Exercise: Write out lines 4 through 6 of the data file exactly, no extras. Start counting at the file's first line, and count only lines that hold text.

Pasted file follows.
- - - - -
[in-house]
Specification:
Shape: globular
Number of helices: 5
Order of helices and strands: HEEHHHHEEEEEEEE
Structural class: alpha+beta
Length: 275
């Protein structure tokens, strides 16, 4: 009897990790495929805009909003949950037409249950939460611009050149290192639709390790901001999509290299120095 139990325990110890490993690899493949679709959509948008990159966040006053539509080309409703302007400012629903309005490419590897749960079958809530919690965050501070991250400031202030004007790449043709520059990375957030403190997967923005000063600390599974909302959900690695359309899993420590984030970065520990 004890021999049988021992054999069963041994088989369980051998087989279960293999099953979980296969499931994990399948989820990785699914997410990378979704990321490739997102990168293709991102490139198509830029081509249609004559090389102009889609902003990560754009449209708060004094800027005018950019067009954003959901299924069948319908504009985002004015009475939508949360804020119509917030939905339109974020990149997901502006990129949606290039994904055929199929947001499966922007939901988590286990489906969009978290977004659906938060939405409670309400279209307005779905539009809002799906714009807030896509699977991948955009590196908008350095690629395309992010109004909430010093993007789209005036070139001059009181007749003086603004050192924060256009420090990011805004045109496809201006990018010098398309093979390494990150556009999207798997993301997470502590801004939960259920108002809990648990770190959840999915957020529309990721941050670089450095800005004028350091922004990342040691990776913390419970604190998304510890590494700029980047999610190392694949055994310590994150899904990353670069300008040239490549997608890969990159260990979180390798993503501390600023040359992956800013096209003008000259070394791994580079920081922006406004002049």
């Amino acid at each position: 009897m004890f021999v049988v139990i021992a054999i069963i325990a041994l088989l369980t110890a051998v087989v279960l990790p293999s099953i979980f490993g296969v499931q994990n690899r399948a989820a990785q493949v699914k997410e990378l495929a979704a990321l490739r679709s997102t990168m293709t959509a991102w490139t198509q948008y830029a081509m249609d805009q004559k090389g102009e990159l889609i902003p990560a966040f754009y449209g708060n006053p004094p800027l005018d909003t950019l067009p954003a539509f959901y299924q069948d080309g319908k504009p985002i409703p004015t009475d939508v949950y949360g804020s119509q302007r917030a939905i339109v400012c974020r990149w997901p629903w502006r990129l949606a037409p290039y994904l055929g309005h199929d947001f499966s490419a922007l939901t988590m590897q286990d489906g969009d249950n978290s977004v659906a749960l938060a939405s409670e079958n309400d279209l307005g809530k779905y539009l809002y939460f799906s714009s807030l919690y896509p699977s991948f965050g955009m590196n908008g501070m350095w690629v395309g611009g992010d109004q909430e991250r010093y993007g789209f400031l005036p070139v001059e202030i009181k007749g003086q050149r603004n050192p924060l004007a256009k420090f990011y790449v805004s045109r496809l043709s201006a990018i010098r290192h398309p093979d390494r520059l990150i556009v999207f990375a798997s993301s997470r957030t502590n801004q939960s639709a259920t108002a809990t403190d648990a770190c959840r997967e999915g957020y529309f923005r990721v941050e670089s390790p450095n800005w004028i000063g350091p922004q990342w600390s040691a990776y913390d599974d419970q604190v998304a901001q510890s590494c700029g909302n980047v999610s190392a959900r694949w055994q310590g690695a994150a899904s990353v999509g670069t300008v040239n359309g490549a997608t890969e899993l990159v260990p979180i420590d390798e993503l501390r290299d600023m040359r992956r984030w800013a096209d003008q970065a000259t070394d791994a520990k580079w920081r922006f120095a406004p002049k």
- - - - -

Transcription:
Number of helices: 5
Order of helices and strands: HEEHHHHEEEEEEEE
Structural class: alpha+beta